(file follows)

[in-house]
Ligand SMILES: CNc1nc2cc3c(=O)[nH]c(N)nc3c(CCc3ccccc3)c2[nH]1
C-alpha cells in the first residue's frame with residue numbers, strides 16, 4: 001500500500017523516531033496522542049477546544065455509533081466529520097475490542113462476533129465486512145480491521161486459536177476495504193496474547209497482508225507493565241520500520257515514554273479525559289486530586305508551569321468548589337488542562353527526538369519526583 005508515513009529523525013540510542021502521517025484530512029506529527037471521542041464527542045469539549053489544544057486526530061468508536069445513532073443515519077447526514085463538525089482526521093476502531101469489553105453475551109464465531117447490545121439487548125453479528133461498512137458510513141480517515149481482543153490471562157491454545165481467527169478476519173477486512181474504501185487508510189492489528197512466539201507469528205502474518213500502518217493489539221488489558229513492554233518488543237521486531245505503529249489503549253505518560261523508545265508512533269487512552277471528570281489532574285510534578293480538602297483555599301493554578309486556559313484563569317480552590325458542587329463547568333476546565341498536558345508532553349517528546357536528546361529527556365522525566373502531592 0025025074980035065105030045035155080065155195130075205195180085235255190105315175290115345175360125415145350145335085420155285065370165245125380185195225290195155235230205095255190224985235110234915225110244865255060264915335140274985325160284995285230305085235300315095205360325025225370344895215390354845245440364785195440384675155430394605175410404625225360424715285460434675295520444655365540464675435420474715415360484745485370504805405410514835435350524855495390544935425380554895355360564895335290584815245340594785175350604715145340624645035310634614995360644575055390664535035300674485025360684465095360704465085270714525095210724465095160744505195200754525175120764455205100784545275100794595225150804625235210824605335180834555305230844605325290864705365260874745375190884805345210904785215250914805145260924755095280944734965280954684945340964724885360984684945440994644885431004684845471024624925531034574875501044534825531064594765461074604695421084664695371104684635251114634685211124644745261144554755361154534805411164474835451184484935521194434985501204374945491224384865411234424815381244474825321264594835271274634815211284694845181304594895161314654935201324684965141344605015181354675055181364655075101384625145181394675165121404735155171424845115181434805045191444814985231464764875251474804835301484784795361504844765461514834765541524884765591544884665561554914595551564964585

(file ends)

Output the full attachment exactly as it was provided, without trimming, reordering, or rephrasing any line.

[in-house]
Ligand SMILES: CNc1nc2cc3c(=O)[nH]c(N)nc3c(CCc3ccccc3)c2[nH]1
C-alpha cells in the first residue's frame with residue numbers, strides 16, 4: 001500500500017523516531033496522542049477546544065455509533081466529520097475490542113462476533129465486512145480491521161486459536177476495504193496474547209497482508225507493565241520500520257515514554273479525559289486530586305508551569321468548589337488542562353527526538369519526583 005508515513009529523525013540510542021502521517025484530512029506529527037471521542041464527542045469539549053489544544057486526530061468508536069445513532073443515519077447526514085463538525089482526521093476502531101469489553105453475551109464465531117447490545121439487548125453479528133461498512137458510513141480517515149481482543153490471562157491454545165481467527169478476519173477486512181474504501185487508510189492489528197512466539201507469528205502474518213500502518217493489539221488489558229513492554233518488543237521486531245505503529249489503549253505518560261523508545265508512533269487512552277471528570281489532574285510534578293480538602297483555599301493554578309486556559313484563569317480552590325458542587329463547568333476546565341498536558345508532553349517528546357536528546361529527556365522525566373502531592 0025025074980035065105030045035155080065155195130075205195180085235255190105315175290115345175360125415145350145335085420155285065370165245125380185195225290195155235230205095255190224985235110234915225110244865255060264915335140274985325160284995285230305085235300315095205360325025225370344895215390354845245440364785195440384675155430394605175410404625225360424715285460434675295520444655365540464675435420474715415360484745485370504805405410514835435350524855495390544935425380554895355360564895335290584815245340594785175350604715145340624645035310634614995360644575055390664535035300674485025360684465095360704465085270714525095210724465095160744505195200754525175120764455205100784545275100794595225150804625235210824605335180834555305230844605325290864705365260874745375190884805345210904785215250914805145260924755095280944734965280954684945340964724885360984684945440994644885431004684845471024624925531034574875501044534825531064594765461074604695421084664695371104684635251114634685211124644745261144554755361154534805411164474835451184484935521194434985501204374945491224384865411234424815381244474825321264594835271274634815211284694845181304594895161314654935201324684965141344605015181354675055181364655075101384625145181394675165121404735155171424845115181434805045191444814985231464764875251474804835301484784795361504844765461514834765541524884765591544884665561554914595551564964585